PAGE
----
By Samantha Hearn | Photography: Samantha Hearn
When you think of the archetypal indie band from Nashville, you probably picture some semblance of a grungy group of dudes with a couple of guitars – the guys who spend late nights at the local dive bar where they’re likely over-hyped and over-glorified by other pseudo-hipsters for their Americana lyrics and IDGAF attitudes.
This is not Jet Black Alley Cat.
You won’t find them at Mickey’s or Red Door on a Friday night because they’re most likely practicing or in the studio. While so many other bands in town ultimately spiral downhill in a whiskey and marijuana-hazed search for fame, Jet Black Alley Cat is busy actually becoming famous.
“I think it’s simply that our mindset is different,” lead singer Joe Wilkinson said. “We aren’t just writing songs. We’re creating and expressing an identity. Everything we do, from the smallest details to bigger ones, is done with that purpose.”
Since their inception in 2014, JBAC has been featured on MTV, Music Ninja and were picked as a Wells Adams favorite on Lightning 100 and have also been played in countless Journeys stores across the country. The band is comprised of Wilkinson on vocals, Bryant Lowry on drums, Christian Harrison and Zach Douglas on guitar and Cristofer Johnson on bass.
Their sound isn’t anything like other indie bands in Nashville, or even in the U.S. for that matter. A blend of “vintage/pop/rock/groove,” JBAC writes songs that are often as catchy as they are meaningful. Not quite Panic at the Disco but not quite Justin Timberlake, JBAC’s songs are a groovy mix of nostalgia, dance and sexual fantasy.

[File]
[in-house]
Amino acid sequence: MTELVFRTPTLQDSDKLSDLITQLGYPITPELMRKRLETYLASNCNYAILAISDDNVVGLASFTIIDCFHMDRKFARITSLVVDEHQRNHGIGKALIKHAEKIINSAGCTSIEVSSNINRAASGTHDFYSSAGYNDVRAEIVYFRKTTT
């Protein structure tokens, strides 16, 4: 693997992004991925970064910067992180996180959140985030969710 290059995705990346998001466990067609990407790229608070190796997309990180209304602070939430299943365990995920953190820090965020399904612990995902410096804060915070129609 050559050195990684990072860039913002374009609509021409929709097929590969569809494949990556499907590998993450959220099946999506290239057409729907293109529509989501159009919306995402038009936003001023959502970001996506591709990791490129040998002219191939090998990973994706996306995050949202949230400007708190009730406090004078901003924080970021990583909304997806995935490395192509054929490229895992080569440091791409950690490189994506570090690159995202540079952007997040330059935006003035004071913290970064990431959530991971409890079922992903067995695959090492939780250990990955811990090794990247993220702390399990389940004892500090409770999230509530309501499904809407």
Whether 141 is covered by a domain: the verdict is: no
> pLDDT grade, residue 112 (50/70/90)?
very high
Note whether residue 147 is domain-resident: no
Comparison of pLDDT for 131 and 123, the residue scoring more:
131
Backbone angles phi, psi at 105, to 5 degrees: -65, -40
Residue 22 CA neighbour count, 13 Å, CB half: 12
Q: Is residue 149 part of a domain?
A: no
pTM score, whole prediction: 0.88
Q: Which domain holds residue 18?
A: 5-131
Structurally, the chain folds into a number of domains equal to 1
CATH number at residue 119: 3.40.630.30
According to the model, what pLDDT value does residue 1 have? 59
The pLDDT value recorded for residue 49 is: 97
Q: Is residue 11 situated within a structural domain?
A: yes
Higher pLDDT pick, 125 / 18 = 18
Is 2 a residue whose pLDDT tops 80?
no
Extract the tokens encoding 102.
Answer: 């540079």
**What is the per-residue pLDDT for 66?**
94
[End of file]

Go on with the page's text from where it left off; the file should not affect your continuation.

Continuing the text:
“For us, our music is essentially a soundtrack to our lives right now,” Wilkinson said. “Love, loss, youth, freedom and feeling cool.”
“We aren’t just writing songs. We’re creating and expressing an identity. Everything we do, from the smallest details to bigger ones, is done with that purpose.” – Joe Wilkinson, Jet Black Alley Cat
Take their song “Poison,” for instance. The single was played on MTV in 2014 when it was released, its lyrics are a mix of party vibes and sexuality that urges you to let loose on a Friday night. When Wilkinson sings, “Will my momma ever forgive me?” you want to join the fun no matter what mom might say. (My mom loves JBAC, for the record.)
Electric Raazors -a sexy tune about going overdrive with a lover – was played in Journeys stores across America last year. With their latest single and music video, “Roxy,” a Miami Vice-like vibe evolves their sound into something more refined.
“When we were in the process of writing and recording ‘Roxy,’ we learned a lot about each other and ourselves,” Wilkinson said. “It was definitely our most trying song we’ve faced as a young band. From the sounds to the lyrics to the structure, it was a challenge getting it right.”
The song follows a girl named Roxy, a wild-hearted beauty with attitude and class, as she roams the streets of Miami. The video, directed by Jason Berg, is vivid; a cinematic take on late nights, sex, fashion and emotion.
On July 9 at Little Harpeth Brewing Company, JBAC is hosting an intimate show of only 50 people to debut their JET BLACK Summer creation, a spin on their songs that will showcase what it means to live “Jet Black.”
“It’s about all the feelings felt and vibes that accompany this time of year,” Wilkinson said. “This is our version of a special summer night. The people who get one of the 50 tickets will be a part of our first expression of the JET BLACK summer idea.”
At the show they’ll debut their new song “Golden,” a summer track that has a smoother, sexier vibe than anything they’ve done before.
“It’s simply the idea of girls craving a high-class, high-fashion lifestyle,” Wilkinson said. “A golden way of life, love and material. It’s a pop tune for sure. Probably our first real pop song since ‘Poison.’ It’s anthemic. It’s colorful.”
Jet Black Alley Cat is not your typical Nashville indie band, because they’re hyper-aware of their brand, identity and style, and they create it authentically using the same team of people that have been with them since their inception.
“We have this continued desire to create something special,” Wilkinson said. “We just want to create gorgeous moments for each person who listens to us.”
See Jet Black Alley Cat live on Saturday, July 9 at 8 p.m. at Little Harpeth Brewing Company, located at 30 Oldham St. Tickets are $10 and can be purchased here.